You always hear about "runner's high", but not much about "runners low:" that nagging feeling you get Saturday mornings at 5:30, that won't let you sleep in; that there is something else you should be doing.
It has been 3 weeks since my last run.
I've always had a little pain in my right leg. It was mild, then moderate, then a couple weeks ago, I went for a run, and got about 200 m before throwing in the towel and limping home.
I went to the doctor last week. She told me to stop running. Probably for good. I spent the day mourning my immortality, and trying to face the fact that I may be a swimmer-only for the rest of my exercise existence. From the moment I started running, I knew I wouldn't last forever. When I was diagnosed with ankylosing spondylitis, I asked the doctor what I should do for exercise to which she replied "well, you won't be running any marathons." I guess I took it as a bit of a challenge. . . The way I see it - I'm going to be a hunched over old lady anyway, I might as well get that way because I actually did something. So, I started running. Surprisingly, I think it actually helped in my case - my increased circulation and muscle tone prevented me from "freezing." And ok, I got a good deal of pain relief from endorphins (yes, I'm self-medicating.) So, I have a hard time taking "No" for an answer. Call me crazy, but I'm not ready to quit yet.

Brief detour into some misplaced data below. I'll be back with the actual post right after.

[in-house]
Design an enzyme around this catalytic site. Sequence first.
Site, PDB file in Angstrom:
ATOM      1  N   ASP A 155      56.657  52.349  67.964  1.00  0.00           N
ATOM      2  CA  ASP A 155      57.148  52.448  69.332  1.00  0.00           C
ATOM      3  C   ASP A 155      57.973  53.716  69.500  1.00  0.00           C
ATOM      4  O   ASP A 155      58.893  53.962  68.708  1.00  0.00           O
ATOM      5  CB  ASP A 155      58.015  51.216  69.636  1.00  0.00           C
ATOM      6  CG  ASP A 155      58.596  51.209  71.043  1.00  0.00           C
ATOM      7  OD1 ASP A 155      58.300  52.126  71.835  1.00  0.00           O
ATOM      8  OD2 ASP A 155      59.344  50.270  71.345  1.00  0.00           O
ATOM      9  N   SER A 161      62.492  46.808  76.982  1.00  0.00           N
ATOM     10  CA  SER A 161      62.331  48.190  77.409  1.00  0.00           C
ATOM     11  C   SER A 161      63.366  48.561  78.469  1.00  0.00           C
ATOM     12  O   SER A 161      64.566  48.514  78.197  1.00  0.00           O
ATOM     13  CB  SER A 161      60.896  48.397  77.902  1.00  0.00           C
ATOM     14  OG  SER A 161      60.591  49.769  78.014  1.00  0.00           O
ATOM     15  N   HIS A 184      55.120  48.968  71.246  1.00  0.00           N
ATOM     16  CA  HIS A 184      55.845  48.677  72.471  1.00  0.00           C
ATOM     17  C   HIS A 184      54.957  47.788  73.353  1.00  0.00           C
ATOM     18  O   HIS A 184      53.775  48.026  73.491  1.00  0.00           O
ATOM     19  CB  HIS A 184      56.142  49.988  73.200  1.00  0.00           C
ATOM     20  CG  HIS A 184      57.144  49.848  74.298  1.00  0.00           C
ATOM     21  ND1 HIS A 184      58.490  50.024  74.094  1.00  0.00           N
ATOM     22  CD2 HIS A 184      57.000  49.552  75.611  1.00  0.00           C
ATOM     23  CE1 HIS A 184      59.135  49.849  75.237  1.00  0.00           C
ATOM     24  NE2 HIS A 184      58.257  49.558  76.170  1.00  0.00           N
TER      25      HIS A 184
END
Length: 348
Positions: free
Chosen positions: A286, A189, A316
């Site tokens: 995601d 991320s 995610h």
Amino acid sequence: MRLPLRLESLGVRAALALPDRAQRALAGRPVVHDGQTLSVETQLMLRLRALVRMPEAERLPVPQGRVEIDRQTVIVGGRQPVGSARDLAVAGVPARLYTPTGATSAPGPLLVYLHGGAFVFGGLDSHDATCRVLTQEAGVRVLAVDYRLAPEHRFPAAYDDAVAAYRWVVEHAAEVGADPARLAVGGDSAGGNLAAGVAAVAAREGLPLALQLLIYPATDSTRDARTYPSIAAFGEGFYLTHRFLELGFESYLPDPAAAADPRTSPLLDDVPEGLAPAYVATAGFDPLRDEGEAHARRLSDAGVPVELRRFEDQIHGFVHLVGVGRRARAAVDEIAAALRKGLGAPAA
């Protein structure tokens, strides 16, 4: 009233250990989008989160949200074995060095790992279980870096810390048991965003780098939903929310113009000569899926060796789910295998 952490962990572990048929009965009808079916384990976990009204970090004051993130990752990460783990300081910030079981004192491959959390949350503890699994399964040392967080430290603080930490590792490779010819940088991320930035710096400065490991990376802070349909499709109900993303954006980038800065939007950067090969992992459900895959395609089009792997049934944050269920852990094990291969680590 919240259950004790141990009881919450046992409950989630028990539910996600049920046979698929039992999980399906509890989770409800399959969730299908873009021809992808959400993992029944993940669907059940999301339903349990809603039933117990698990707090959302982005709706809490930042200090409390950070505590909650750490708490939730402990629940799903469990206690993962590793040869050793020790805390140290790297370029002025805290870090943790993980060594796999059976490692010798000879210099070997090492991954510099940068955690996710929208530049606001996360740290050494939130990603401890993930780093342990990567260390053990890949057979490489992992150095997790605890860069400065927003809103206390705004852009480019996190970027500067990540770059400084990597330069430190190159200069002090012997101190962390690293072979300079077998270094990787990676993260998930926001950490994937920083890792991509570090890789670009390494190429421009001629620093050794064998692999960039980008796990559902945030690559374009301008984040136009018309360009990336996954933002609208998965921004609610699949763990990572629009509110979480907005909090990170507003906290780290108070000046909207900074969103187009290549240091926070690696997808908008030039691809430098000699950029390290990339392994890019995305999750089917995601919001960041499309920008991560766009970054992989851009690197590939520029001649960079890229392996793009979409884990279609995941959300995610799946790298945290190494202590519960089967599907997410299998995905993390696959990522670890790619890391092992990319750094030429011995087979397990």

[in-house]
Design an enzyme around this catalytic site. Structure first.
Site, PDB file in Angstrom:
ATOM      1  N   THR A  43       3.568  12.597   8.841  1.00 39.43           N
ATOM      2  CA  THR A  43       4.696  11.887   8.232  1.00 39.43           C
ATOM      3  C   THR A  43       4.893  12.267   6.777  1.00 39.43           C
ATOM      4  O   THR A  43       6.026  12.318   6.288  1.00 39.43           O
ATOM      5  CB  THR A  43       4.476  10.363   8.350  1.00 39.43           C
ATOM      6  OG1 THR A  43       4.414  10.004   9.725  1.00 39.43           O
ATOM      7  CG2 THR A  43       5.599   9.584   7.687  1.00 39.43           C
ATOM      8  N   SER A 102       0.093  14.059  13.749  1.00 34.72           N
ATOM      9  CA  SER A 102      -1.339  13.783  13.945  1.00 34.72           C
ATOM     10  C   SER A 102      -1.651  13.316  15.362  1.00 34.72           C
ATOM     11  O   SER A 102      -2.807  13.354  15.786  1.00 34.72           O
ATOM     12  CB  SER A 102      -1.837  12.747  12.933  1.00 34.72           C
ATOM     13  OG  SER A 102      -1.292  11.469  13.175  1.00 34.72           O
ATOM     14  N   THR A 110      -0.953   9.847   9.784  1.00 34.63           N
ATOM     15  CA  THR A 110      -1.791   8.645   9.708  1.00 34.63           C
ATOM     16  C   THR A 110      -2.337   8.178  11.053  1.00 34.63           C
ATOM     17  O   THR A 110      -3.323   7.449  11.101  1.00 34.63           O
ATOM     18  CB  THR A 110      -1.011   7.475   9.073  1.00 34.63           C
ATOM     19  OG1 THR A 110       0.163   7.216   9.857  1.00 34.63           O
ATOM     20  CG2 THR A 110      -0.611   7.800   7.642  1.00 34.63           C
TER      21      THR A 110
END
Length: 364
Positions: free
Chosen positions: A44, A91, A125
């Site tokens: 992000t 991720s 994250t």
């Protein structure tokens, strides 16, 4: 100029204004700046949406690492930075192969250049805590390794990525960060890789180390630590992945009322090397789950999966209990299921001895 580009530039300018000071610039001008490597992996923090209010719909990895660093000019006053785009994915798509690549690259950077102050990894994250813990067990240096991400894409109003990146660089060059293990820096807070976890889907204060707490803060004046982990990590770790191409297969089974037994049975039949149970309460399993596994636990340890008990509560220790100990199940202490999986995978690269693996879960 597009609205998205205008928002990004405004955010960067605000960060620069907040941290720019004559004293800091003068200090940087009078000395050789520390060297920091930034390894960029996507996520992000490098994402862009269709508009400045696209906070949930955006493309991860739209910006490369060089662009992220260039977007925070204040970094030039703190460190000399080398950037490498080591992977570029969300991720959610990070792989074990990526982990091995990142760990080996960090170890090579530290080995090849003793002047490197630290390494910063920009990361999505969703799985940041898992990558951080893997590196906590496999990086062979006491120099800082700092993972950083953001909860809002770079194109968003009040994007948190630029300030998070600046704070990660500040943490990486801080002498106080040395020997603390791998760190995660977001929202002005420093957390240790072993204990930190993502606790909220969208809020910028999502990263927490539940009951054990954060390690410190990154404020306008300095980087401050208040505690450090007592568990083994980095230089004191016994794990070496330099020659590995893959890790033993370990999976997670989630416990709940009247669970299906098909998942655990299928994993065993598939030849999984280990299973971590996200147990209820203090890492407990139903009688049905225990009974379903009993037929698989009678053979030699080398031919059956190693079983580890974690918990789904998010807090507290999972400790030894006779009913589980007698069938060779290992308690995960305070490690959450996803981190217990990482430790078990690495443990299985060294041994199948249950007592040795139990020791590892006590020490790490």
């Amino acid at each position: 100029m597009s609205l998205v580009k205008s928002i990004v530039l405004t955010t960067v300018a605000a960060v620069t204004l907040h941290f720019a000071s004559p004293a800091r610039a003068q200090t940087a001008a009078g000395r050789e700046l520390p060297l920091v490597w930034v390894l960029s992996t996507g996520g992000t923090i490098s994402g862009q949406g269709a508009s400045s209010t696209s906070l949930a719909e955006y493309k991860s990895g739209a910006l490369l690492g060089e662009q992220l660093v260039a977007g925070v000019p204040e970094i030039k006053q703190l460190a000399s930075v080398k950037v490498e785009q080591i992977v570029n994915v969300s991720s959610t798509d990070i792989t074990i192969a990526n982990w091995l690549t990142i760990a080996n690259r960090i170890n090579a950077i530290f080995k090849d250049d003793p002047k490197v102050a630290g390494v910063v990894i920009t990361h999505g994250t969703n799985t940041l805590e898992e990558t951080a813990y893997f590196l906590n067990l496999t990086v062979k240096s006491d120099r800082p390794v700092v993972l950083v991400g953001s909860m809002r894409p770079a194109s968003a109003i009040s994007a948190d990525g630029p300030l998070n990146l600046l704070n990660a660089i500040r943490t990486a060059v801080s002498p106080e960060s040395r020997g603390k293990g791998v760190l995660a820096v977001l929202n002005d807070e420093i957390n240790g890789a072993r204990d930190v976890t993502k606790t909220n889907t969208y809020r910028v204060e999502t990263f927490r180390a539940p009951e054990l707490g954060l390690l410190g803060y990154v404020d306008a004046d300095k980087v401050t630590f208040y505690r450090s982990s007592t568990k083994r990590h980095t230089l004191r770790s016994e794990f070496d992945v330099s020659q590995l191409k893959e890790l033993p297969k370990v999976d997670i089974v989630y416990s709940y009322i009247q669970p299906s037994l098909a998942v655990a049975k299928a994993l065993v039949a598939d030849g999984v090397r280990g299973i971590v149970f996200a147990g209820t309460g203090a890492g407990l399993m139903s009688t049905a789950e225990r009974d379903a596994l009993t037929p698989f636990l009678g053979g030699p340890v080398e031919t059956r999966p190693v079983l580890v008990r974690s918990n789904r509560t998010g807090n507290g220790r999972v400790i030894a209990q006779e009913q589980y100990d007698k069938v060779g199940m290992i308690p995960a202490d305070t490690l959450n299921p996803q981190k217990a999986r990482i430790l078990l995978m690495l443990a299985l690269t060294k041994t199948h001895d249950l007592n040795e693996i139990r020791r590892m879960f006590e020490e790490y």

I went to a physiotherapist (that's a "physical therapist," Americans.) After putting me in the iron maiden, and other methods of torture, he said "no, that's not arthritis - you've probably got a tear on the tendon that attaches your hamstring to your hip process." Yep. I blew a hammie. This is actually good news - it's fixable. Right now, my choices are 1) surgery, or 2) do lots of physio and then perhaps run slow the rest of my life. Right now, I just want to be able to walk without limping.
I think I can handle slow. Maybe.
The Boarding House by The Pioneer Woman
1 day ago